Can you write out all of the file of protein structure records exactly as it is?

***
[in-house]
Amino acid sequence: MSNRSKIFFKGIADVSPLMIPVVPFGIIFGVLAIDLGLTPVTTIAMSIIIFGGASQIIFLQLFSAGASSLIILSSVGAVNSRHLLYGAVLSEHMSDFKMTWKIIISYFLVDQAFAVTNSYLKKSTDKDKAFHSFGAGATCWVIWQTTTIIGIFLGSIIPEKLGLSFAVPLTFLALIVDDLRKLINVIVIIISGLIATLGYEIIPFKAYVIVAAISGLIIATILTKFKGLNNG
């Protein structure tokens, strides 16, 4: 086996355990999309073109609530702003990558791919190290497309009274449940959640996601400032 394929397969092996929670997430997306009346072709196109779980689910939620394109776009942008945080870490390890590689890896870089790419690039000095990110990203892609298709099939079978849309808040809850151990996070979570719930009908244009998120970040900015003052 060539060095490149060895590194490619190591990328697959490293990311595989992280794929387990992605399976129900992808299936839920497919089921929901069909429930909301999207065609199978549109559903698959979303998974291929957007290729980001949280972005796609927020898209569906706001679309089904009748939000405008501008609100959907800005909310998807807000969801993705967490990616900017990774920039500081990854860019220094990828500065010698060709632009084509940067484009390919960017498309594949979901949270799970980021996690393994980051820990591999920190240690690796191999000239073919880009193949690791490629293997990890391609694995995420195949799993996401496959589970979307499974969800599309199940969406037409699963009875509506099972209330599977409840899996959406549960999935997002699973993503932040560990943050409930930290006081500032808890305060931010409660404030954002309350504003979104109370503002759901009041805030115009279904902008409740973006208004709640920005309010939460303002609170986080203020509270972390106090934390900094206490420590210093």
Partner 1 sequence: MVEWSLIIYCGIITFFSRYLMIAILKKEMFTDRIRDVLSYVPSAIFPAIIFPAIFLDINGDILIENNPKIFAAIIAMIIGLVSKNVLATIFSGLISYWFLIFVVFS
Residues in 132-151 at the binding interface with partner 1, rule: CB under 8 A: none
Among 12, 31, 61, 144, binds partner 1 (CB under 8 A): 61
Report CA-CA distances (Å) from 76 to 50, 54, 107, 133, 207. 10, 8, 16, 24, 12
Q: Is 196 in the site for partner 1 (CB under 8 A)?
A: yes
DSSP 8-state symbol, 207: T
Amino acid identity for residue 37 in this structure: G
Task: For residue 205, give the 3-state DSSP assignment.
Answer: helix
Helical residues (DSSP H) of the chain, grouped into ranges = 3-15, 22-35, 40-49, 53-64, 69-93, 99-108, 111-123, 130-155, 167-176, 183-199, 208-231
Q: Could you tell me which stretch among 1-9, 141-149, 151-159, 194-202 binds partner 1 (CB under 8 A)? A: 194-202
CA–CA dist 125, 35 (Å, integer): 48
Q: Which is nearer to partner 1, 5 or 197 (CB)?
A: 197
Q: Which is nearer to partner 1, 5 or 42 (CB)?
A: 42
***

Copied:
[in-house]
Amino acid sequence: MSNRSKIFFKGIADVSPLMIPVVPFGIIFGVLAIDLGLTPVTTIAMSIIIFGGASQIIFLQLFSAGASSLIILSSVGAVNSRHLLYGAVLSEHMSDFKMTWKIIISYFLVDQAFAVTNSYLKKSTDKDKAFHSFGAGATCWVIWQTTTIIGIFLGSIIPEKLGLSFAVPLTFLALIVDDLRKLINVIVIIISGLIATLGYEIIPFKAYVIVAAISGLIIATILTKFKGLNNG
């Protein structure tokens, strides 16, 4: 086996355990999309073109609530702003990558791919190290497309009274449940959640996601400032 394929397969092996929670997430997306009346072709196109779980689910939620394109776009942008945080870490390890590689890896870089790419690039000095990110990203892609298709099939079978849309808040809850151990996070979570719930009908244009998120970040900015003052 060539060095490149060895590194490619190591990328697959490293990311595989992280794929387990992605399976129900992808299936839920497919089921929901069909429930909301999207065609199978549109559903698959979303998974291929957007290729980001949280972005796609927020898209569906706001679309089904009748939000405008501008609100959907800005909310998807807000969801993705967490990616900017990774920039500081990854860019220094990828500065010698060709632009084509940067484009390919960017498309594949979901949270799970980021996690393994980051820990591999920190240690690796191999000239073919880009193949690791490629293997990890391609694995995420195949799993996401496959589970979307499974969800599309199940969406037409699963009875509506099972209330599977409840899996959406549960999935997002699973993503932040560990943050409930930290006081500032808890305060931010409660404030954002309350504003979104109370503002759901009041805030115009279904902008409740973006208004709640920005309010939460303002609170986080203020509270972390106090934390900094206490420590210093």
Partner 1 sequence: MVEWSLIIYCGIITFFSRYLMIAILKKEMFTDRIRDVLSYVPSAIFPAIIFPAIFLDINGDILIENNPKIFAAIIAMIIGLVSKNVLATIFSGLISYWFLIFVVFS
Residues in 132-151 at the binding interface with partner 1, rule: CB under 8 A: none
Among 12, 31, 61, 144, binds partner 1 (CB under 8 A): 61
Report CA-CA distances (Å) from 76 to 50, 54, 107, 133, 207. 10, 8, 16, 24, 12
Q: Is 196 in the site for partner 1 (CB under 8 A)?
A: yes
DSSP 8-state symbol, 207: T
Amino acid identity for residue 37 in this structure: G
Task: For residue 205, give the 3-state DSSP assignment.
Answer: helix
Helical residues (DSSP H) of the chain, grouped into ranges = 3-15, 22-35, 40-49, 53-64, 69-93, 99-108, 111-123, 130-155, 167-176, 183-199, 208-231
Q: Could you tell me which stretch among 1-9, 141-149, 151-159, 194-202 binds partner 1 (CB under 8 A)? A: 194-202
CA–CA dist 125, 35 (Å, integer): 48
Q: Which is nearer to partner 1, 5 or 197 (CB)?
A: 197
Q: Which is nearer to partner 1, 5 or 42 (CB)?
A: 42